The Real Story Behind the Decline of Detroit … And Yes, Great Things Are Happening There Too
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Recently Detroit News Editor Nolan Finley, who has built his career on being the most steadfast and flamboyant carrier of the “white man’s burden,” published a much hyped editorial titled “Can Detroit Govern itself?” You can guess how he answered his own question.
And his coded speech is unmistakable. Everyone knows that what Finley really means is can African Americans govern themselves? To which my answer is absolutely, if you and your one-percent pals were capable of allowing such a thing. A step in the right direction would be for the News to publish a reflective piece on how its coverage of the city and its hate filled comments section helps perpetuate racism and segregation
The thing about residential segregation is that it changes not just economics, but politics as well. As Detroit became more predominantly African-American, its influence, especially in state government declined. Among other things, that made gerrymandering easier, contributing to the control of all three branches of government by right-wing Republicans.
But there is more to this story—way more
Believe it or not, the worst of times is well on its way to becoming something truly inspiring The very isolation of Detroit has created the conditions for economy number 4 to develop a new paradigm of economic activity.
Economy number 4 is a complex, multi-layered thing in its own right. It is single moms stretching dollars from government programs for the poor as creatively and as far as they can. It is back alley auto repair shops and church’s selling dinners on the street. It is off the books home child care. It is what African-Americans have had to do for many generations to make a way out of no way.
It is also scrappers who are repurposing the copper, weathered wood and other valuable products left by the abandonment of homes, stores and factories. So, yes it’s crime too. Crime, after all, is a form of economic activity whether it is Wall Street stealing homes through foreclosure or robbers who target dope-dealers cuz “that’s where the money is.”
Some people look at the physical destruction of Detroit and see only the blight. What I see is amazing resourcefulness on the part of the remaining residents to prevail again and again against overwhelming odds.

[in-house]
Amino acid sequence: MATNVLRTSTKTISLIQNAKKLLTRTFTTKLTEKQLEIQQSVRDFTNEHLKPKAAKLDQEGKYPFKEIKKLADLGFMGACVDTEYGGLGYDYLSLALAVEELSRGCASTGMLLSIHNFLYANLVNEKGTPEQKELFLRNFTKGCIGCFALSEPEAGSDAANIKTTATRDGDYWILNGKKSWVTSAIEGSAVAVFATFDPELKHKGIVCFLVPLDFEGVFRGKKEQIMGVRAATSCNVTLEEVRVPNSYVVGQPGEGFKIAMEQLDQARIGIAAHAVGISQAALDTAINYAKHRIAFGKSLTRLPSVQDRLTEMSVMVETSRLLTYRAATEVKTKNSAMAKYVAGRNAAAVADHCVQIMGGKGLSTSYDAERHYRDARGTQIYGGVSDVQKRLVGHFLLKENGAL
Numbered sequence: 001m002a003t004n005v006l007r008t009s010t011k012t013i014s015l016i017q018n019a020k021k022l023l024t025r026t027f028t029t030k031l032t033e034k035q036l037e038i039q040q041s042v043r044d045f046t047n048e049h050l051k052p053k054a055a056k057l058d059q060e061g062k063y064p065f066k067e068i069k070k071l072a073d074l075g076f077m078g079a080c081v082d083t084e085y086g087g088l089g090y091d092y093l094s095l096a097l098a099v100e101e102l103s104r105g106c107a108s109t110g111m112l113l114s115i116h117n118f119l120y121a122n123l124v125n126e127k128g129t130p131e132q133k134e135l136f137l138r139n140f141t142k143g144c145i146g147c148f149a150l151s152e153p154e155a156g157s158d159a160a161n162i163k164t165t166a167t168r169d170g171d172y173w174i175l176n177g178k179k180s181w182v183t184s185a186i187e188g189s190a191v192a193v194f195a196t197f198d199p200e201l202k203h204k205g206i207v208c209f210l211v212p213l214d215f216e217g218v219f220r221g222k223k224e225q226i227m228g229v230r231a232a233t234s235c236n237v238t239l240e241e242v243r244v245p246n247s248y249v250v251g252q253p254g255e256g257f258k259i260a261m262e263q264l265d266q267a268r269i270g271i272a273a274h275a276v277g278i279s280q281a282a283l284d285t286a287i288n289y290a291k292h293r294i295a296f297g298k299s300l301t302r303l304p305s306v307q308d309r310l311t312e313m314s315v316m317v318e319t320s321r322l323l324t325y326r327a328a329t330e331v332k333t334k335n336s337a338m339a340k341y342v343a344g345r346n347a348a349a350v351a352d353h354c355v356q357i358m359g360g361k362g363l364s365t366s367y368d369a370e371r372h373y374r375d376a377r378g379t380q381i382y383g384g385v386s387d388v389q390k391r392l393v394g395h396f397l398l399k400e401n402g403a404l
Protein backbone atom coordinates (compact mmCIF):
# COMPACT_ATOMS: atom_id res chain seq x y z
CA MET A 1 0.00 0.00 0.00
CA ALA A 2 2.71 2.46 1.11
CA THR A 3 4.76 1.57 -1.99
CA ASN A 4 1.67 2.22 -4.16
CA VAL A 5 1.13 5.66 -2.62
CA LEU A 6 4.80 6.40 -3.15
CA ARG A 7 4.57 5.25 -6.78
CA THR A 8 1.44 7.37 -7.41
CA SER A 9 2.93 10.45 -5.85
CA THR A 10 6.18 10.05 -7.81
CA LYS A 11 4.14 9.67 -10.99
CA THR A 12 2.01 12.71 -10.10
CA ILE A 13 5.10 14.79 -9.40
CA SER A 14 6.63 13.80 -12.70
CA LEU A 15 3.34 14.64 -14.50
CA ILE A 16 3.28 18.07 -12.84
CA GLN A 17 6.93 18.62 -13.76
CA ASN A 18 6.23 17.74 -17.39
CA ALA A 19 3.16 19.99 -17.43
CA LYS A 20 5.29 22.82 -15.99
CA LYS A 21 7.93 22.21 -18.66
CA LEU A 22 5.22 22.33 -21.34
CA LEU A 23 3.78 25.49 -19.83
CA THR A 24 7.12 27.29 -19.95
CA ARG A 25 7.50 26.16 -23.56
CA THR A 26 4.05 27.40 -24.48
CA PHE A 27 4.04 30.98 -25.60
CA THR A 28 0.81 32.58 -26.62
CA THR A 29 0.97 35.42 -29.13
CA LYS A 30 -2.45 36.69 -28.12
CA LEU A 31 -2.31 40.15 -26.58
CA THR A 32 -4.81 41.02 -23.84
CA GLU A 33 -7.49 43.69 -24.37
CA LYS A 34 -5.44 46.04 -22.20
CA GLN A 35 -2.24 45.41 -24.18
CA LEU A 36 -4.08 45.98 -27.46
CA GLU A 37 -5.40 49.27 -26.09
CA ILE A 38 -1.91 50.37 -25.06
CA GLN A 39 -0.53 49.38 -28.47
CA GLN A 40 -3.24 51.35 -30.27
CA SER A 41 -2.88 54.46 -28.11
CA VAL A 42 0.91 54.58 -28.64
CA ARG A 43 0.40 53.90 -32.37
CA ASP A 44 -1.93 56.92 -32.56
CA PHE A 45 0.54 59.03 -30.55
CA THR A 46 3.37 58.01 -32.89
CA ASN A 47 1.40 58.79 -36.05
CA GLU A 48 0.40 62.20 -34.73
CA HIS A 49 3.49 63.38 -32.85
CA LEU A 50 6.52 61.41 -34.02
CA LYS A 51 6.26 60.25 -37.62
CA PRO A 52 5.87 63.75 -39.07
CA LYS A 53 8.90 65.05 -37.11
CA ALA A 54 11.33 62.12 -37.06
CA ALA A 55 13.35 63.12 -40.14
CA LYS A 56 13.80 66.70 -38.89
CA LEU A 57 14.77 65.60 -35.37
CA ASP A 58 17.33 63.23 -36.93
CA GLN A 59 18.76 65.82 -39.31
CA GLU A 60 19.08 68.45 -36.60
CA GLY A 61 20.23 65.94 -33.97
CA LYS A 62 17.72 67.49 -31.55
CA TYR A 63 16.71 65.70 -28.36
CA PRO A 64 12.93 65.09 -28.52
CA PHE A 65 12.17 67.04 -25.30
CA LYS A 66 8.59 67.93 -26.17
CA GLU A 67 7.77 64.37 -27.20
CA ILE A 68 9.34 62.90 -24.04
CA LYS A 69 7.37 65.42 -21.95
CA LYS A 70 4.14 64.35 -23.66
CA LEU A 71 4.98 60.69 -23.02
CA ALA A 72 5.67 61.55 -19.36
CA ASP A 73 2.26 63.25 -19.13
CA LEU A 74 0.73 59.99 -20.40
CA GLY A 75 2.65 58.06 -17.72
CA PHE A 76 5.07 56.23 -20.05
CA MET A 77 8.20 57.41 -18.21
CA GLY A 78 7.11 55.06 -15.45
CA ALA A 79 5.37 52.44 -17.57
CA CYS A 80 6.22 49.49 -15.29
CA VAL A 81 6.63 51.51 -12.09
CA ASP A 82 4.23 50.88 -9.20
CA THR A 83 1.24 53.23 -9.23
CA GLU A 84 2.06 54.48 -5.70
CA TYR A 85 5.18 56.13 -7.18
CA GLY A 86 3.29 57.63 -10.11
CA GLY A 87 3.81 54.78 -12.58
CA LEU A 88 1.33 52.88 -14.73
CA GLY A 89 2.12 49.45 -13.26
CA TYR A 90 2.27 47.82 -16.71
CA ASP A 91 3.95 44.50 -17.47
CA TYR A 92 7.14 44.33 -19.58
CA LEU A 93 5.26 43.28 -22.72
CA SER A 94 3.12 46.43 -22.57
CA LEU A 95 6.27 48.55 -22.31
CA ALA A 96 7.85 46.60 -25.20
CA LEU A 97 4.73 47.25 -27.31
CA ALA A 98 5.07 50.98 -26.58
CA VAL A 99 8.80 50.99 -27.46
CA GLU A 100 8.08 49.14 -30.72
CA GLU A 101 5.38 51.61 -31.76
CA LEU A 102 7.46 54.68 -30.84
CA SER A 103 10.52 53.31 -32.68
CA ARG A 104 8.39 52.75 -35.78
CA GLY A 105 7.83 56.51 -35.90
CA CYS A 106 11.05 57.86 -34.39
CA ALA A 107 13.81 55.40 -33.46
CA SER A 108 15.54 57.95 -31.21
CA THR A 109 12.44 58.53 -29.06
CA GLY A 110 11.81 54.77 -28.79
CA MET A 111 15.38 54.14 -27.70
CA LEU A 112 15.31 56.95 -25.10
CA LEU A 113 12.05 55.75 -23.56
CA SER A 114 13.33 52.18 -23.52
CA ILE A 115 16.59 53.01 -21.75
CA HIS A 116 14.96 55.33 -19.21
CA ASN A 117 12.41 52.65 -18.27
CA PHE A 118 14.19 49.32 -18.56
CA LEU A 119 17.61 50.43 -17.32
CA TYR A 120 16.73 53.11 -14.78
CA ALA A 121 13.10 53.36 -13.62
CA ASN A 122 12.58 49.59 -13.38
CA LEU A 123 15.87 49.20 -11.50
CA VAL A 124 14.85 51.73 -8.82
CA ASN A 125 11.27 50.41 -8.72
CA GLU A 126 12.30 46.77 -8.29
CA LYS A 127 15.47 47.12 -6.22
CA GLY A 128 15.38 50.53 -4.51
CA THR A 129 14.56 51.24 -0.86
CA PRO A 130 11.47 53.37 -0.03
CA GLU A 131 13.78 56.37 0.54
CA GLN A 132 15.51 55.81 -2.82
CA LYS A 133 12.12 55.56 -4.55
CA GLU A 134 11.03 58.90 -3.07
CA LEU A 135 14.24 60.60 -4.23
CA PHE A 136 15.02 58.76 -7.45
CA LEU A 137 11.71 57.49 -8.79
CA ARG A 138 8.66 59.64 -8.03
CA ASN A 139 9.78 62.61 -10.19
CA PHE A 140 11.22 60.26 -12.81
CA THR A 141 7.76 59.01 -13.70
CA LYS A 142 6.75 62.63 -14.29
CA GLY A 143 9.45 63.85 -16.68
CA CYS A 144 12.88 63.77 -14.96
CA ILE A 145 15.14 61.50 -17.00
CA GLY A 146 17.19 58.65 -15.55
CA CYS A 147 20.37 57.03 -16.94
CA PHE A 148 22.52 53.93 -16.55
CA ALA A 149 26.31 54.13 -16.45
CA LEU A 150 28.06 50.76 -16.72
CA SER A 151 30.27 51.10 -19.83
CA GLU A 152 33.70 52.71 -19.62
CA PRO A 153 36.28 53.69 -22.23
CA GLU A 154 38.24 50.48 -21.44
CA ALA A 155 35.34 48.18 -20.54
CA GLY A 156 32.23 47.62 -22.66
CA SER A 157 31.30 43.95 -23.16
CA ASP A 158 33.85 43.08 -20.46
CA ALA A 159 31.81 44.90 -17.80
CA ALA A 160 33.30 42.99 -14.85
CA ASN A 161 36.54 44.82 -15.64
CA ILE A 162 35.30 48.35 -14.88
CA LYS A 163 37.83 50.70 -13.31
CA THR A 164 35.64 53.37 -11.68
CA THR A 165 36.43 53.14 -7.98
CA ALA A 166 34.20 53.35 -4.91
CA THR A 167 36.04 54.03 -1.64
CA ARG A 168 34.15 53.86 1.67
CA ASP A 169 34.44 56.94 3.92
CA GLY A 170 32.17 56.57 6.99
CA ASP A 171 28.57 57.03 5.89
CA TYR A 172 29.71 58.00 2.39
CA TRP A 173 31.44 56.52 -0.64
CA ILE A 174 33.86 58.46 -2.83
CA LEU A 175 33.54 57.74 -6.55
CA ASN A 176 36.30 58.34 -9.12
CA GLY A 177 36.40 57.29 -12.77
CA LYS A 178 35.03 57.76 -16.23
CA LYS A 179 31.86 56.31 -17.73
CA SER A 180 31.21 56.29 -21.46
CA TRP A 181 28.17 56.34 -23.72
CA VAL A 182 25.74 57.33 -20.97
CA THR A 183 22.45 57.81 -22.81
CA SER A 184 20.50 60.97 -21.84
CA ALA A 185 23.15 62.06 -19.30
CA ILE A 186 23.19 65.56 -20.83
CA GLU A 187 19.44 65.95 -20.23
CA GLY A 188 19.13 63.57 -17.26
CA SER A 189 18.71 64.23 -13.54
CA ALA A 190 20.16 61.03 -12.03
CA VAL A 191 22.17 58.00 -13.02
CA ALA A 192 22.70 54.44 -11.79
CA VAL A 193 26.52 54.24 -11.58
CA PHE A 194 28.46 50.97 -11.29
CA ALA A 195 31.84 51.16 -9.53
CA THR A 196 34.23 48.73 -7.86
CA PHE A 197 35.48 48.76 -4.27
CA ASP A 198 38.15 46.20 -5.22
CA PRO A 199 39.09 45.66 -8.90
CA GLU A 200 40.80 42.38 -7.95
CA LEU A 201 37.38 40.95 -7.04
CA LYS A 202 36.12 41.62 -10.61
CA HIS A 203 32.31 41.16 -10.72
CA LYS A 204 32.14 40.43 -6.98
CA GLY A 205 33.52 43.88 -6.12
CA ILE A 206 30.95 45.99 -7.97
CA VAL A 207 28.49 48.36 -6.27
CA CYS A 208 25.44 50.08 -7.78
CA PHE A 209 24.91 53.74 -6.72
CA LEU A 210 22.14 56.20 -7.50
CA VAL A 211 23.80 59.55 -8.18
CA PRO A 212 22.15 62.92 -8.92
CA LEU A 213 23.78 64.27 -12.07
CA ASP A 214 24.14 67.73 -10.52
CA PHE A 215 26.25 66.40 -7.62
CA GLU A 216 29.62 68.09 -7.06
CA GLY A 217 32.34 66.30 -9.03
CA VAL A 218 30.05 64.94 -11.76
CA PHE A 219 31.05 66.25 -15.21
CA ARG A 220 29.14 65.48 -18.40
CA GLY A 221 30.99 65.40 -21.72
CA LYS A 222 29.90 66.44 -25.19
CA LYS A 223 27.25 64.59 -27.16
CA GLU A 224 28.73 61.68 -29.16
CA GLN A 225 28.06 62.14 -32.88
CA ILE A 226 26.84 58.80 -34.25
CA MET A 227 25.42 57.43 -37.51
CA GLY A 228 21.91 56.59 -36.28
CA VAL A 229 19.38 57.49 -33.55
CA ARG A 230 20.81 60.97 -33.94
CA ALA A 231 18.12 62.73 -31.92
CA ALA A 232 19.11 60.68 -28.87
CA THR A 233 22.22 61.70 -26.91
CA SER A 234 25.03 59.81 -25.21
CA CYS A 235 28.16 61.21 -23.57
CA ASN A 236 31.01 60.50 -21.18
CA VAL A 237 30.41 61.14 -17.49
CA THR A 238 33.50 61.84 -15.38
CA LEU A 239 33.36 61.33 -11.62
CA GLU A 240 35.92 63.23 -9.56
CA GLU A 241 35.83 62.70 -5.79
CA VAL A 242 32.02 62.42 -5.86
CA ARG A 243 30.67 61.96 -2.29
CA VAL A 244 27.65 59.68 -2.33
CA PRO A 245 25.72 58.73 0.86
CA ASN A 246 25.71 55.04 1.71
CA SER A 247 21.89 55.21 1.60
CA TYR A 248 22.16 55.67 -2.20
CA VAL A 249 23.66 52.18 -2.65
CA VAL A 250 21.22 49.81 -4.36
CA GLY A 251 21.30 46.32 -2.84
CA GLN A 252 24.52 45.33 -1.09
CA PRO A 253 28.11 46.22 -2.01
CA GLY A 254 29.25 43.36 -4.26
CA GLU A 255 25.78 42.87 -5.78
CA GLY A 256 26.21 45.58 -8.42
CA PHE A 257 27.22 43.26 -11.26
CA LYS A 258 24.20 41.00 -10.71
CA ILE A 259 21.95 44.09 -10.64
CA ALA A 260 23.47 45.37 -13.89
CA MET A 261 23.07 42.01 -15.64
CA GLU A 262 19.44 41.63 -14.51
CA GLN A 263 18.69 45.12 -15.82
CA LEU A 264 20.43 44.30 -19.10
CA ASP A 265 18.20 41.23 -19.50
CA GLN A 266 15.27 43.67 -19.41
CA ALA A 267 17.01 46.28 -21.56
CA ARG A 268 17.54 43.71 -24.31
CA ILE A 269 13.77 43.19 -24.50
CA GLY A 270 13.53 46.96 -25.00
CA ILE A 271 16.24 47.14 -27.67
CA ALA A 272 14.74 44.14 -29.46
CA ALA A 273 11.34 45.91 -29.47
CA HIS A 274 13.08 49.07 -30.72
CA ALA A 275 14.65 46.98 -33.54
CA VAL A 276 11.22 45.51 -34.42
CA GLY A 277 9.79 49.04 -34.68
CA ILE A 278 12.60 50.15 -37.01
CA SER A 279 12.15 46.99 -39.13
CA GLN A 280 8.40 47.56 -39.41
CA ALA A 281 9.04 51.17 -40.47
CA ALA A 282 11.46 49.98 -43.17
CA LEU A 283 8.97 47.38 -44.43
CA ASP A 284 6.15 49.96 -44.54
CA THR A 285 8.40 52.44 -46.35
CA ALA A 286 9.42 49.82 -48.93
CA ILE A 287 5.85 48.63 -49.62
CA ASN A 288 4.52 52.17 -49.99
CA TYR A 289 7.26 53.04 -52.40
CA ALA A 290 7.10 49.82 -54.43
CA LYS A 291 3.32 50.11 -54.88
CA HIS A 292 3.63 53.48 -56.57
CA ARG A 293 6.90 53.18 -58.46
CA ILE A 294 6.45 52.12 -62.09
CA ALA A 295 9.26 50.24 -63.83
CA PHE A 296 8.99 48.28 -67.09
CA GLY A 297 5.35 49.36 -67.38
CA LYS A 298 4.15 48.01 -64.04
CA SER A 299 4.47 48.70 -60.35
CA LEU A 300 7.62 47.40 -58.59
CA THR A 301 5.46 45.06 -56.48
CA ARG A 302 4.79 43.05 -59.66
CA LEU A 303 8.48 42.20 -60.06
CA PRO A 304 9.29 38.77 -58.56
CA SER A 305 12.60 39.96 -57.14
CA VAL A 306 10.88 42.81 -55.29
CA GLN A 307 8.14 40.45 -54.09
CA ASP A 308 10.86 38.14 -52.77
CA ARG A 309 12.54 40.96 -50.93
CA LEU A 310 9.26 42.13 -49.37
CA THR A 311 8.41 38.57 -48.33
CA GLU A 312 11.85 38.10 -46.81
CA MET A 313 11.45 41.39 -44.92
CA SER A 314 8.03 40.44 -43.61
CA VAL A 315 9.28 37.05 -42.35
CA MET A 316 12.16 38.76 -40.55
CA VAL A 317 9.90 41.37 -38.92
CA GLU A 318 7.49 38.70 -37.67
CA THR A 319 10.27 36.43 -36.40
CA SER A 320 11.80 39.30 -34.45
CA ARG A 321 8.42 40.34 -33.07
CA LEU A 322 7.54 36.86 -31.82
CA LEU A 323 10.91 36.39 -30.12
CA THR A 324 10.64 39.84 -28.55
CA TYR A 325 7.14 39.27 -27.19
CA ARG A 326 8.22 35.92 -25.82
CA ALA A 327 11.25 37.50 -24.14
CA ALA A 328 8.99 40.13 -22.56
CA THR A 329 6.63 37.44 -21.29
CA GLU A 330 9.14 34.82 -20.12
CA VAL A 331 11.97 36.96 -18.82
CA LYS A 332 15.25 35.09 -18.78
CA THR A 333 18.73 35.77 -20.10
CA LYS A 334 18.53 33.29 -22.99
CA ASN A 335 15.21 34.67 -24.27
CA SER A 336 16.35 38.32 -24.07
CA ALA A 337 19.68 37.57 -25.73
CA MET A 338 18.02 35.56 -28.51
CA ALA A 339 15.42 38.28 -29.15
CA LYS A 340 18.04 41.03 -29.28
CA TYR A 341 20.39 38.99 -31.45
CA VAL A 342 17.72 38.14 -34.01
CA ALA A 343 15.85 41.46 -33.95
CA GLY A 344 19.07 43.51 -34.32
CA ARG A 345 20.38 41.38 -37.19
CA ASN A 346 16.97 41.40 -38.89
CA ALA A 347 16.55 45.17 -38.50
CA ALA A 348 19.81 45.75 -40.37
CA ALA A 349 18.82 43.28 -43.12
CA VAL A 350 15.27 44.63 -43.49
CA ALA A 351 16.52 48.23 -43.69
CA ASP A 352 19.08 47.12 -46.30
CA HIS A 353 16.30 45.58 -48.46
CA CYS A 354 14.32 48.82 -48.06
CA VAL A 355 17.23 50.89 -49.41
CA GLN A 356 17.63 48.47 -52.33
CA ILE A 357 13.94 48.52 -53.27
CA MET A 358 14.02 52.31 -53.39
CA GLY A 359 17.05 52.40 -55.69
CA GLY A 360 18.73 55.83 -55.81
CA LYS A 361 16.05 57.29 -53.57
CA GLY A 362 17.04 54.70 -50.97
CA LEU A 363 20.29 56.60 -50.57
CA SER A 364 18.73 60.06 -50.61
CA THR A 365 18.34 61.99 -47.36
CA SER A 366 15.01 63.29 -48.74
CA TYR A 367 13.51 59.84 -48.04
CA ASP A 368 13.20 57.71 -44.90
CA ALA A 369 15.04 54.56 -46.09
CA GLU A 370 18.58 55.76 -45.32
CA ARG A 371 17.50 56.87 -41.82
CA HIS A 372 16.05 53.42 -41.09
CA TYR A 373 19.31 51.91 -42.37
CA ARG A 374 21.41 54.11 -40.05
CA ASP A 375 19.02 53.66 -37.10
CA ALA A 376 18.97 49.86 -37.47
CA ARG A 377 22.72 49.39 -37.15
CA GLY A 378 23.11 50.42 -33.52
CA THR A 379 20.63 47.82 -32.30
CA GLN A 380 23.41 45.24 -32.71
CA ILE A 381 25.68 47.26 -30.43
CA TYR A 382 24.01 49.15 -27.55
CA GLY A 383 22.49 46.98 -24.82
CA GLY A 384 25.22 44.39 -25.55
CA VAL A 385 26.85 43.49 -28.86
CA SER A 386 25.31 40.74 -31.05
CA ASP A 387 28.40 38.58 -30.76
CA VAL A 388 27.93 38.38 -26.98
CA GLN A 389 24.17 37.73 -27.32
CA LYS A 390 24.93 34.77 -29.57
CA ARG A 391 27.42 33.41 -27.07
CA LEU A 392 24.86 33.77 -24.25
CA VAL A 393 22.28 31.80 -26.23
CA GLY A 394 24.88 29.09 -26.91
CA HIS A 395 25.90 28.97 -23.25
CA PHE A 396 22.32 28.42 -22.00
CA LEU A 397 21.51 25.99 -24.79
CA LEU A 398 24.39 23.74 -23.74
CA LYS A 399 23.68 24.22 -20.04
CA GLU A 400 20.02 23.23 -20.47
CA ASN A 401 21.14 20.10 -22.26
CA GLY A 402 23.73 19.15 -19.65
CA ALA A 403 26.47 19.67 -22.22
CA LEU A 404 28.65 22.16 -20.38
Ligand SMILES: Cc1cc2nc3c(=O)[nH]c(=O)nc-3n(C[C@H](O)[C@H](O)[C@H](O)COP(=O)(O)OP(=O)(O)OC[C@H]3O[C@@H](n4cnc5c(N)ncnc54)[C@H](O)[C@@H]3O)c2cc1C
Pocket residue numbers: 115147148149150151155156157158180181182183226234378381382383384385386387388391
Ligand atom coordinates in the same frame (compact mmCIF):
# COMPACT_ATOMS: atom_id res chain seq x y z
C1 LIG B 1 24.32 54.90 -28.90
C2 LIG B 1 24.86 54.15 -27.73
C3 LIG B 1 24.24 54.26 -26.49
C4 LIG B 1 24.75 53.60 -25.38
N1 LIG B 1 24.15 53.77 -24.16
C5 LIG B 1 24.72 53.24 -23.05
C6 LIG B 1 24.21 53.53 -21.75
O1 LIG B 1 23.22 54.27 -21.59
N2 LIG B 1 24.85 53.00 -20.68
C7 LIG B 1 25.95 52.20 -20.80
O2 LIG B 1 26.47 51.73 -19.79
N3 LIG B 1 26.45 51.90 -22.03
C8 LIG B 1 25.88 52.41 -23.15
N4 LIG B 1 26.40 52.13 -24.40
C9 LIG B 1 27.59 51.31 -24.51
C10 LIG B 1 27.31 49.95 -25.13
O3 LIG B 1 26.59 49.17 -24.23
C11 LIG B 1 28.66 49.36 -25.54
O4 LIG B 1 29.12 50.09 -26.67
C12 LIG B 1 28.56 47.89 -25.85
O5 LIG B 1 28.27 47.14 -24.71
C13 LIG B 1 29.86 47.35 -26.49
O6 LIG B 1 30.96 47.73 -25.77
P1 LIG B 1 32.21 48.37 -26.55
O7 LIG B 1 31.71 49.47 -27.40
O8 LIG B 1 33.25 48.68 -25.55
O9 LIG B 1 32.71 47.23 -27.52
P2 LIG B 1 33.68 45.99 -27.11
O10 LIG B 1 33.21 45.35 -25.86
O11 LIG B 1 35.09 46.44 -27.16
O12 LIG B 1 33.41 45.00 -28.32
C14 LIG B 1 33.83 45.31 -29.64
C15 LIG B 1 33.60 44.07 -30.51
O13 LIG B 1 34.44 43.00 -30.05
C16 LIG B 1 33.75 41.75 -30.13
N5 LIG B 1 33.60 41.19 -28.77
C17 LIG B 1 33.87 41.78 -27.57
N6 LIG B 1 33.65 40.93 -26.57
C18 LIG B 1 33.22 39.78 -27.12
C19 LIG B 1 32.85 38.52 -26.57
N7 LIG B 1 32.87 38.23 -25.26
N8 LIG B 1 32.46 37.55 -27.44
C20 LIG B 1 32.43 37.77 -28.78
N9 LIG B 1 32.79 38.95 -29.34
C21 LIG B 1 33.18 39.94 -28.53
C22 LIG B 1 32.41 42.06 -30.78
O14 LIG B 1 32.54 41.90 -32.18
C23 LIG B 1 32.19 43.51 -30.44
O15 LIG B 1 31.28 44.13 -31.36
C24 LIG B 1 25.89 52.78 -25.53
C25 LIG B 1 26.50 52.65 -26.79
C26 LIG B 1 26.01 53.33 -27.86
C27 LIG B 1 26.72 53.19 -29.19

Necessity truly is the mother of invention and in that spirit, Detroiters are also developing a remarkable highly intentional economy. That economy includes increasingly sophisticated urban agriculture and a growing network of alternative schools. It is neighborhood based conflict resolution; do-it-yourself solar street lighting; community based manufacturing using the newest fab lab technology and alternative transportation systems. It is new art and new music and new media. It is time-banking, co-ops and other forms of creative finance. It is Skype conferences and face to face meetings with partners all over the world to reimagine work, finance and democracy. It is the creative use of social services and churches to create maker spaces and entrepreneurial opportunities for returning citizens. It is the hard below the radar work of the Detroit Roundtable and others facilitating healing and practical new alliances between the city and the suburbs.
The living, breathing Detroit new economy movement taps into Detroit’s deep political traditions of advocacy for economic and social justice. It is especially dependent on the decades long visionary analysis and activism of the late James Boggs and 98 year old Grace Lee Boggs.
Interestingly enough, the new economy component of Detroit’s fourth economy is itself attracting a significant amount of tourism. Plans are already underway for new B & B’s to house both long and short term visitors. Already people are coming from around the country and the world who want to learn first hand what a fledgling post-capitalist, post industrial, new paradigm economy looks like.